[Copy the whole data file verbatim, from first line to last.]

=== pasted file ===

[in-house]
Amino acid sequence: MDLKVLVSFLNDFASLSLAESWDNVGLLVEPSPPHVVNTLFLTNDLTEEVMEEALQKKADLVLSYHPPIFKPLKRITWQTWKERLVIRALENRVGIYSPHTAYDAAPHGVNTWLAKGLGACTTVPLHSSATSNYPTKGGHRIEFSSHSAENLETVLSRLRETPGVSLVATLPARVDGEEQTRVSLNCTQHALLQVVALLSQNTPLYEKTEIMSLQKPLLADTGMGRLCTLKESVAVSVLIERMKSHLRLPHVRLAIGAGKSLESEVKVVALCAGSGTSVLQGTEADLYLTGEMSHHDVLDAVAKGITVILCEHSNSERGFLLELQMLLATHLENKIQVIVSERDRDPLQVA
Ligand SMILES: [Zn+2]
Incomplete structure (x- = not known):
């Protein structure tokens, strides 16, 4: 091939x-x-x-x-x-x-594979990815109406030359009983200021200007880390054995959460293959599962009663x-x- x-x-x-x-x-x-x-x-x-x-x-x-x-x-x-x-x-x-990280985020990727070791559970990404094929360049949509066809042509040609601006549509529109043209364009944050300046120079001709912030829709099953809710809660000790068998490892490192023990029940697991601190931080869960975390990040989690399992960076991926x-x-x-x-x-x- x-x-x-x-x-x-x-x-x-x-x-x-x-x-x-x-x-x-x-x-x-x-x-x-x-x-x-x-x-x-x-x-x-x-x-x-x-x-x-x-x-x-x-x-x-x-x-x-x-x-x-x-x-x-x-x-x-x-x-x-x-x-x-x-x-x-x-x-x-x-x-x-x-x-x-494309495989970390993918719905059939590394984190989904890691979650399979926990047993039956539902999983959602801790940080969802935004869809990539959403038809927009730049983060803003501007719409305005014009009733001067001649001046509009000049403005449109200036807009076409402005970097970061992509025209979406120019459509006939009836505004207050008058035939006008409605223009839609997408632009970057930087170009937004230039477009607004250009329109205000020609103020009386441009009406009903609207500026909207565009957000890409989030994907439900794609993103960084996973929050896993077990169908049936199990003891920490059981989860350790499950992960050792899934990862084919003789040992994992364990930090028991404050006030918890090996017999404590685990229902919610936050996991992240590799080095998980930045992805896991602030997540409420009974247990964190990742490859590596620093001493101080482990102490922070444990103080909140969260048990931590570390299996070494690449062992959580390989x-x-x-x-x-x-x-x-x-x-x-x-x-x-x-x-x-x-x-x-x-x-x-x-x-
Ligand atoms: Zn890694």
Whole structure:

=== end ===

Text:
[in-house]
Amino acid sequence: MDLKVLVSFLNDFASLSLAESWDNVGLLVEPSPPHVVNTLFLTNDLTEEVMEEALQKKADLVLSYHPPIFKPLKRITWQTWKERLVIRALENRVGIYSPHTAYDAAPHGVNTWLAKGLGACTTVPLHSSATSNYPTKGGHRIEFSSHSAENLETVLSRLRETPGVSLVATLPARVDGEEQTRVSLNCTQHALLQVVALLSQNTPLYEKTEIMSLQKPLLADTGMGRLCTLKESVAVSVLIERMKSHLRLPHVRLAIGAGKSLESEVKVVALCAGSGTSVLQGTEADLYLTGEMSHHDVLDAVAKGITVILCEHSNSERGFLLELQMLLATHLENKIQVIVSERDRDPLQVA
Ligand SMILES: [Zn+2]
Incomplete structure (x- = not known):
């Protein structure tokens, strides 16, 4: 091939x-x-x-x-x-x-594979990815109406030359009983200021200007880390054995959460293959599962009663x-x- x-x-x-x-x-x-x-x-x-x-x-x-x-x-x-x-x-x-990280985020990727070791559970990404094929360049949509066809042509040609601006549509529109043209364009944050300046120079001709912030829709099953809710809660000790068998490892490192023990029940697991601190931080869960975390990040989690399992960076991926x-x-x-x-x-x- x-x-x-x-x-x-x-x-x-x-x-x-x-x-x-x-x-x-x-x-x-x-x-x-x-x-x-x-x-x-x-x-x-x-x-x-x-x-x-x-x-x-x-x-x-x-x-x-x-x-x-x-x-x-x-x-x-x-x-x-x-x-x-x-x-x-x-x-x-x-x-x-x-x-x-494309495989970390993918719905059939590394984190989904890691979650399979926990047993039956539902999983959602801790940080969802935004869809990539959403038809927009730049983060803003501007719409305005014009009733001067001649001046509009000049403005449109200036807009076409402005970097970061992509025209979406120019459509006939009836505004207050008058035939006008409605223009839609997408632009970057930087170009937004230039477009607004250009329109205000020609103020009386441009009406009903609207500026909207565009957000890409989030994907439900794609993103960084996973929050896993077990169908049936199990003891920490059981989860350790499950992960050792899934990862084919003789040992994992364990930090028991404050006030918890090996017999404590685990229902919610936050996991992240590799080095998980930045992805896991602030997540409420009974247990964190990742490859590596620093001493101080482990102490922070444990103080909140969260048990931590570390299996070494690449062992959580390989x-x-x-x-x-x-x-x-x-x-x-x-x-x-x-x-x-x-x-x-x-x-x-x-x-
Ligand atoms: Zn890694």
Whole structure: